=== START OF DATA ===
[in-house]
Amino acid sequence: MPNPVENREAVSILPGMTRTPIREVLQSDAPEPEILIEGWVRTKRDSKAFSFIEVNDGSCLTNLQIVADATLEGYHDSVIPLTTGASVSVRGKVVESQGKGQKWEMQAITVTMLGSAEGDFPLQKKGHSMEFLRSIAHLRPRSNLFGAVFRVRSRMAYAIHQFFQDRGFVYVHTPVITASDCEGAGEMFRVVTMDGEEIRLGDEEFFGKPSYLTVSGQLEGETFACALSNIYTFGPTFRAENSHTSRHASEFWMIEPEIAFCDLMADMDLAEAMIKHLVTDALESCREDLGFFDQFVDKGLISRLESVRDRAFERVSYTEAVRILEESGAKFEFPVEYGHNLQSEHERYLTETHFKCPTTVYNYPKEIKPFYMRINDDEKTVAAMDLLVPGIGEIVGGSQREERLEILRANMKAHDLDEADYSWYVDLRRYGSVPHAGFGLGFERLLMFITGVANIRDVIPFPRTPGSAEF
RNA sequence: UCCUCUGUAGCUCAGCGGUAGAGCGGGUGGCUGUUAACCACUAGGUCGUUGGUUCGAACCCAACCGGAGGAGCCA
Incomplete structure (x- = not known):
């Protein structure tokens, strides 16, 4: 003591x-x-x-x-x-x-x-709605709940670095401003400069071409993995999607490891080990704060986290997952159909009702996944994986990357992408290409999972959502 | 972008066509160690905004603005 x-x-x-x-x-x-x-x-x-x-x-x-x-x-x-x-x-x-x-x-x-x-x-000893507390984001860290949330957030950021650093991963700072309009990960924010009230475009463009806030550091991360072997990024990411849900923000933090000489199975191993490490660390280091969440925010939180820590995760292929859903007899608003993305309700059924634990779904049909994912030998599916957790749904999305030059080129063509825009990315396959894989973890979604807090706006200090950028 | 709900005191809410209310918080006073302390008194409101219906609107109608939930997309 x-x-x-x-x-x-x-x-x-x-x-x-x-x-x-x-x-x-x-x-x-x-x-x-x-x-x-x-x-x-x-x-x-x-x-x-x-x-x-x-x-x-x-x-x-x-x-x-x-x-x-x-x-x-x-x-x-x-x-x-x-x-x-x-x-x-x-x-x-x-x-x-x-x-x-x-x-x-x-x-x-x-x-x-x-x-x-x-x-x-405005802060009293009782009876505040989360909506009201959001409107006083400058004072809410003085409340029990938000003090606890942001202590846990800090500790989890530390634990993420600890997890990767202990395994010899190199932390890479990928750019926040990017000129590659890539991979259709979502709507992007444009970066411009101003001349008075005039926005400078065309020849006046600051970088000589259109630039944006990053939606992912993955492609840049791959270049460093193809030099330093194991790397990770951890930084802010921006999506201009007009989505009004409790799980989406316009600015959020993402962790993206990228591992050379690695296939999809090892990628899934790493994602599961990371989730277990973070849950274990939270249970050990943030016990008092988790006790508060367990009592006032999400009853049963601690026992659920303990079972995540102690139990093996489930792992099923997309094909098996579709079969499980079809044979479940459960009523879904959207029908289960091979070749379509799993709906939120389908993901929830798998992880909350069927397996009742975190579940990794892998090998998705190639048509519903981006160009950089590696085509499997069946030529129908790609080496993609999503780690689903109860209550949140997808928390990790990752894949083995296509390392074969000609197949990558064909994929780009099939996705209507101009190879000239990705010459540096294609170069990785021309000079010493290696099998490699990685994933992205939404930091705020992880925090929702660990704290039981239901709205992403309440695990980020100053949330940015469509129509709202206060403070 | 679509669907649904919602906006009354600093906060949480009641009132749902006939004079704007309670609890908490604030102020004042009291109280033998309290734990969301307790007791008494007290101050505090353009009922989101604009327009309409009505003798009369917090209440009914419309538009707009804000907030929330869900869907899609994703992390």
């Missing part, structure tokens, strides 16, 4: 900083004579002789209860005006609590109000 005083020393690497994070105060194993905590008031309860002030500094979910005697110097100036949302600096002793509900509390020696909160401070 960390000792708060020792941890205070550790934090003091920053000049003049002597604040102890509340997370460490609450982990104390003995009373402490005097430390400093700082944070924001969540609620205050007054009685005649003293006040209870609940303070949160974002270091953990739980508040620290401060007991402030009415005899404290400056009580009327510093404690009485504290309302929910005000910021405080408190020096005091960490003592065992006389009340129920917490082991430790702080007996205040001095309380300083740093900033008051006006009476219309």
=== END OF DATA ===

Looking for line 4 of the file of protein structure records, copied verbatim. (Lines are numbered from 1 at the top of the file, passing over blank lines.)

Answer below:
Incomplete structure (x- = not known):